This column originally published on Nov. 22, 2019, one day after a training mishap at Vance Air Force Base claimed the lives of Lt. Col. John “Matt” Kincade, 47, an instructor pilot assigned to the 5th Flying Training Squadron, survived by his wife and two sons, and 2nd Lt. Travis B. Wilkie, 23, a student pilot assigned to the 71st Student Squadron, survived by his wife, parents and sister.
Enid is, today, a community in mourning.
Thursday, the lives of two airmen were cut tragically short in a training mishap at Vance Air Force Base. Team Vance and this community will forever be impacted by that tragedy.
The families of the airmen who died are forever changed. I cannot comprehend their loss. Along with so many of you in this community, all I can offer is sincere prayer, and my own measure of empathetic grief and gratitude.
As a reporter, I’ve written about this tragic incident. As a reporter, I maintain a detached, impersonal relating of the facts. But, I am not writing this as a reporter. I am writing as a columnist, and more importantly, as a neighbor, in a grieving community.
Anyone who has spent much time around the military is not unfamiliar with the aftermath of such an incident.
My class from the Naval Academy lost four shipmates in the line of duty since our graduation in 1998. Given the ensuing constant state of war, perhaps we should consider ourselves blessed to not have lost more.
But, even with 18 years of war and counting, three of our four fallen shipmates died not in combat, but in training mishaps. All three of those mishaps involved aircraft.
The closest to me was my company mate and friend, and companion on many a beer-soaked night in Annapolis, Lieutenant Raul Jimenez. While serving as an instructor pilot, he died, along with his student, in a T-34 crash near Naval Air Station Corpus Christi in 2006. He was the only one of our line of duty deaths to live past 30.
My point in sharing this isn’t to draw some equivalence with the losses Thursday at Vance. I intend only to point out these brave young men and women perform, every day, an incredibly dangerous job. They train for the possibility of defending us in war, in some foreign place. But, statistically, they stand a far greater chance of giving their lives in the service of this country during training than in combat.
They are aware of these risks. And yet, every day, right here in our community, they do the job. They do it out of love — love for this country, for this community, for each other and for the job.
The oft-quoted words of Royal Canadian Air Force pilot John Gillespie Magee’s poem “High Flight” are appropriate, I think, to their sense of duty, and their love of the mission: “Oh, I have slipped the surly bonds of earth, and danced the skies on laughter-silvered wings … and, while with silent, lifting mind I’ve trod the high untrespassed sanctity of space, put out my hand and touched the face of God.”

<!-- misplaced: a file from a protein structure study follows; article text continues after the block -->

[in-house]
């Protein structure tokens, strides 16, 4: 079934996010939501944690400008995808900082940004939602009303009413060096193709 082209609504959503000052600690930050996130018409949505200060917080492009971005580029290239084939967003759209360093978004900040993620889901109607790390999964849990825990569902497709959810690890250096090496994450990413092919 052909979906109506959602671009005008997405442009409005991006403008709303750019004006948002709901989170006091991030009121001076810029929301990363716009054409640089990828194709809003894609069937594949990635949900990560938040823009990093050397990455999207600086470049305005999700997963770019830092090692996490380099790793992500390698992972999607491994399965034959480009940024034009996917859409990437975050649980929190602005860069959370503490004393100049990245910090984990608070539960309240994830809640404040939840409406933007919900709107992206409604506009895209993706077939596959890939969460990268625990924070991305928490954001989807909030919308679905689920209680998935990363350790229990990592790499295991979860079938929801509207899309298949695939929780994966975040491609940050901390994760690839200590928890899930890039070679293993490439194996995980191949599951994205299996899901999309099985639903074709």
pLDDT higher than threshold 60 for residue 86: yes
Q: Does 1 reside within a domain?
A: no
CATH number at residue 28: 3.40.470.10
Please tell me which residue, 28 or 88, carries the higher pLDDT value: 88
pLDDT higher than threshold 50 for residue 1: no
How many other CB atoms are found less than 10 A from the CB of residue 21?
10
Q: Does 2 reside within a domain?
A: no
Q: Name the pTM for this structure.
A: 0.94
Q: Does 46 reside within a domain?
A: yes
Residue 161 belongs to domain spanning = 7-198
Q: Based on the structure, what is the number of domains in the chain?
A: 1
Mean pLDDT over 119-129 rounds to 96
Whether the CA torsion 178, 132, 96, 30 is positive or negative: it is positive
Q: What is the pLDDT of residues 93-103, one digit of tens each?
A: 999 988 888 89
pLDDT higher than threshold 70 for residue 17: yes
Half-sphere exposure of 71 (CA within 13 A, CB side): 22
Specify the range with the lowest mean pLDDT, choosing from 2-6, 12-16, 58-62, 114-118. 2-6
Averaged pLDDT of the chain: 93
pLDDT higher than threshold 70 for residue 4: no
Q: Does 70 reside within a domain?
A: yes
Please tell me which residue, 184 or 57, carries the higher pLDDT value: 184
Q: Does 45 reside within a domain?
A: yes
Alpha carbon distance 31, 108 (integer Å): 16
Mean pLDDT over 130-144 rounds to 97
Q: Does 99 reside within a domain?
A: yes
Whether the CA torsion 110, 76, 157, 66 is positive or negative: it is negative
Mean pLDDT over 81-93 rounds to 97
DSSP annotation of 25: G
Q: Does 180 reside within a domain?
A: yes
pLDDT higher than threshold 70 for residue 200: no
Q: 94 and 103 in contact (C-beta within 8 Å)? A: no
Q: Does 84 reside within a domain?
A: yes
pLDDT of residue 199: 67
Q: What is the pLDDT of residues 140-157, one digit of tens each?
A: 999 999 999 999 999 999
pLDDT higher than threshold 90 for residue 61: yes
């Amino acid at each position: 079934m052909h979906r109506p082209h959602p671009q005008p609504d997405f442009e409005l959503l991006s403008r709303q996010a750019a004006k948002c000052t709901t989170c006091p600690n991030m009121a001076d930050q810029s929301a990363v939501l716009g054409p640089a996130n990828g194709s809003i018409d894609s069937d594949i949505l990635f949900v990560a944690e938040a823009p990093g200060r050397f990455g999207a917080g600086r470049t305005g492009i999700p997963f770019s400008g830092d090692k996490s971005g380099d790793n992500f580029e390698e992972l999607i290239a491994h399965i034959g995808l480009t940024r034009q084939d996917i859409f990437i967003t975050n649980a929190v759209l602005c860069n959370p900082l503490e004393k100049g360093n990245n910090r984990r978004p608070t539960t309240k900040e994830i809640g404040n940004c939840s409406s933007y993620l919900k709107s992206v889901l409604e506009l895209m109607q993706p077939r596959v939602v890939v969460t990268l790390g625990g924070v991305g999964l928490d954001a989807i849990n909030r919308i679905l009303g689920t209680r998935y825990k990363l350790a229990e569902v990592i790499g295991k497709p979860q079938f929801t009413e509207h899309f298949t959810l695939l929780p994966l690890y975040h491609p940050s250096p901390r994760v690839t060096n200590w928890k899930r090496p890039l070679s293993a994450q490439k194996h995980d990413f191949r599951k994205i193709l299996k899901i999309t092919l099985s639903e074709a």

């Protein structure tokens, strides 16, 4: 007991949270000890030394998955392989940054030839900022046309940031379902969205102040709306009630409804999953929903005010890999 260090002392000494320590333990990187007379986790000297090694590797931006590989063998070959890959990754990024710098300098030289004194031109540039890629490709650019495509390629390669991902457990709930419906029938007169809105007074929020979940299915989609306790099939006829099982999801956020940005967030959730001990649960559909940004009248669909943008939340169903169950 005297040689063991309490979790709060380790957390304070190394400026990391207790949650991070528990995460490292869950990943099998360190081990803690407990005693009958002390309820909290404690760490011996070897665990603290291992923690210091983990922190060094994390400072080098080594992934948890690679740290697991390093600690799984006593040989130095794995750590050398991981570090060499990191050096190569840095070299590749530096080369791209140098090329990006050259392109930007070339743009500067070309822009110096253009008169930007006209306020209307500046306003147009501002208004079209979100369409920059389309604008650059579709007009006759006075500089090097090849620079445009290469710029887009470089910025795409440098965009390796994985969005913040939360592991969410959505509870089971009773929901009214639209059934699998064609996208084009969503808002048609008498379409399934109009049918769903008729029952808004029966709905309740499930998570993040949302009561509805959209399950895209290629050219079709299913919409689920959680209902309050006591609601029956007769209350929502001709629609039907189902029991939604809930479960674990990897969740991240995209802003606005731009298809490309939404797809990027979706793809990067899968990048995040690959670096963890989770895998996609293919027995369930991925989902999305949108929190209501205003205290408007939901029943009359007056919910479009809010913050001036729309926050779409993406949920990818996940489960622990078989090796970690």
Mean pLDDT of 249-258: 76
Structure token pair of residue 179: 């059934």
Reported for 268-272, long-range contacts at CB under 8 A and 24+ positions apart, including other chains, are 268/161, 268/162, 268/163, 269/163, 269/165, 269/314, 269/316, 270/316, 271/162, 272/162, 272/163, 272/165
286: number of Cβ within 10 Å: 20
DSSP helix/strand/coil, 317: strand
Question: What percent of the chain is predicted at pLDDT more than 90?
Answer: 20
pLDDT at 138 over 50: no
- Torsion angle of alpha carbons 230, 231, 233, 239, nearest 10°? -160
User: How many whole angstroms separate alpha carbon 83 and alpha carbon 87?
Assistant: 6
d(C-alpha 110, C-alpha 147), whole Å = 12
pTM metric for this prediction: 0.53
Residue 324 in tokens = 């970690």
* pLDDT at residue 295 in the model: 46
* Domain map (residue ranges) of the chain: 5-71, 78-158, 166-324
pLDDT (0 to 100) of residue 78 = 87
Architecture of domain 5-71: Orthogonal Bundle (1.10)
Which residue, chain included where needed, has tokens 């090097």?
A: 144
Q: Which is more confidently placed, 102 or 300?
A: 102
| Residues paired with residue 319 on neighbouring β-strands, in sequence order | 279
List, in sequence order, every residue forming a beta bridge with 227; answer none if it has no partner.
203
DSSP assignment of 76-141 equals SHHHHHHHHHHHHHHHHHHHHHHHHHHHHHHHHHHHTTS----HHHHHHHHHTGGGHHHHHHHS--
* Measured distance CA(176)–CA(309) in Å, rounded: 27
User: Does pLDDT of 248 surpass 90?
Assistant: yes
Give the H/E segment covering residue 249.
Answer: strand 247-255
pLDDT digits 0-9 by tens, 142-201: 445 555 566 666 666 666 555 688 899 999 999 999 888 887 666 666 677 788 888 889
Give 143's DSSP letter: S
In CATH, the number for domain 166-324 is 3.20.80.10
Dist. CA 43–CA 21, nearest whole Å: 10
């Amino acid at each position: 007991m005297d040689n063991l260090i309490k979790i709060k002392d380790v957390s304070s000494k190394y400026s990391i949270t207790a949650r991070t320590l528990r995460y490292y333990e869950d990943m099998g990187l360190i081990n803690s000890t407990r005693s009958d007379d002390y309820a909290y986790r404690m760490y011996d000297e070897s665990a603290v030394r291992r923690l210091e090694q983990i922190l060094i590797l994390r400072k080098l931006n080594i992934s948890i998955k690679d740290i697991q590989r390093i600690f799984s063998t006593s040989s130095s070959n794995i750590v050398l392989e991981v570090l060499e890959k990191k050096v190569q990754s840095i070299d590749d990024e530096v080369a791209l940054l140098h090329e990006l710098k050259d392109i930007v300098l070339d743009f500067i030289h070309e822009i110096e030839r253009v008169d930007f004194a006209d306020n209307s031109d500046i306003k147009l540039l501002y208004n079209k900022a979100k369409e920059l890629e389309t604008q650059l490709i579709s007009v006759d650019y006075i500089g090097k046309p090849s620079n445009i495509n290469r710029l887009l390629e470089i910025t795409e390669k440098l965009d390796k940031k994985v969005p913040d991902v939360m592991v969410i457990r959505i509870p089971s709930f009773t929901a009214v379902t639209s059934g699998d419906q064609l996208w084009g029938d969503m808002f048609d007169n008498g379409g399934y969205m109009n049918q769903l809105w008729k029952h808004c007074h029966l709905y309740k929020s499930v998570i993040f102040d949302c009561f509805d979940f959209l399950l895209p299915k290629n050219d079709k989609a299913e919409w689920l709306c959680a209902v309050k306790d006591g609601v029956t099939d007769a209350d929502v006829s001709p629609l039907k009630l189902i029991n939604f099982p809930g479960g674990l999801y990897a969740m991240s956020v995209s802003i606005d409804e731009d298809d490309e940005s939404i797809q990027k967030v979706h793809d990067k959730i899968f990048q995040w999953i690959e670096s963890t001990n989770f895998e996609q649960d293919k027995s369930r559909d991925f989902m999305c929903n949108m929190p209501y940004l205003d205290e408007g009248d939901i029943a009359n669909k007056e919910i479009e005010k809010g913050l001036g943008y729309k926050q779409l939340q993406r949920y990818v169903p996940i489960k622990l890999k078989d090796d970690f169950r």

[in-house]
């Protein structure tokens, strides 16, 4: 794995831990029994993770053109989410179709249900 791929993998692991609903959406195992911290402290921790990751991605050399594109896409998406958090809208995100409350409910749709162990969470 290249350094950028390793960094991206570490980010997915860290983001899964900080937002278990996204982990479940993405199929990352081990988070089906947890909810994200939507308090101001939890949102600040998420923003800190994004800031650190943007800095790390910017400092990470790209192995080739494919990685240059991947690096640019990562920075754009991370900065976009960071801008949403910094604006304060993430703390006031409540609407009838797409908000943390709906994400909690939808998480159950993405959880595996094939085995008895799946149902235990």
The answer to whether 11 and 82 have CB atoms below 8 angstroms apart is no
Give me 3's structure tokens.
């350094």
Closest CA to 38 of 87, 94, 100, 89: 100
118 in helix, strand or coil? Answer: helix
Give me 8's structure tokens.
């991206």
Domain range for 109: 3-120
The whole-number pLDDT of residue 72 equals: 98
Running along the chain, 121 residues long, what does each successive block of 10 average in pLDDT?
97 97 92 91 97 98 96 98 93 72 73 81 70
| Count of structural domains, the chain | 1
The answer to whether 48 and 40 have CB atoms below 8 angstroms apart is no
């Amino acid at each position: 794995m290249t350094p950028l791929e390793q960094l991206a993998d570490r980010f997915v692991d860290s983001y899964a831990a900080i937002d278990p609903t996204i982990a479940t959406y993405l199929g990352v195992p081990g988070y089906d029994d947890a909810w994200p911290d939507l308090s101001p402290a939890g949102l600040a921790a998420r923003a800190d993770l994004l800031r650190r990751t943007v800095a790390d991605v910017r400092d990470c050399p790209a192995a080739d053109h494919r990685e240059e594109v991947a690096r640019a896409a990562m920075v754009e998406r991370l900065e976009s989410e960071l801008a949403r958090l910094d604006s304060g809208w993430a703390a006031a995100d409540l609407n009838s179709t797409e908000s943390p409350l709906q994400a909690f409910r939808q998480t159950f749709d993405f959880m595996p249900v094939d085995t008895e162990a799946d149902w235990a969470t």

While World War II raged around him, Magee died in a flying training accident, at age 19.
The airmen who answer the call to serve, and drive through the gates of Vance every morning to climb into cockpits, share the same loves and risks as Magee. Sadly, on Thursday, in spite of a second-to-none safety record at Vance, two members of our community shared his fate.
The men and women who take on this task are remarkable human beings. Again, I cannot imagine the loss felt by their families, their squadron mates and their friends. But, their loss is felt keenly by the community, because to Enid these airmen represented the very best in our midst, and of our hopes and dreams for what we want this community and this country to be.
Their lives were inextricably woven into the fabric and identity of Enid. Even for those of us who did not know them personally, we know, on this day, something is different, something is missing, in our community.
We know other brave men and women are ready to stand in the gap left by those who died. But, they can never be replaced. We should forever be grateful for their lives, for the love and laughter they left behind, and ultimately, for the supreme expression of love they gave us in death.
In closing, I’d like to offer for our family in Team Vance these words from the “Eternal Father, Strong to Save” hymn: “O Spirit, whom the Father sent to spread abroad the firmament; O Wind of heaven, by thy might save all who dare the eagle’s flight, and keep them by thy watchful care from every peril in the air.”
And, for those we lost on Thursday, from the Book of Common Prayer: “O God, who by the glorious resurrection of your Son Jesus Christ destroyed death, and brought life and immortality to light: Grant that your servants, being raised with him, may know the strength of his presence, and rejoice in his eternal glory; who with you and the Holy Spirit lives and reigns, one God, for ever and ever. Amen.”
God bless you all. And please, keep the families and members of Team Vance in your hearts and in your prayers in this difficult time.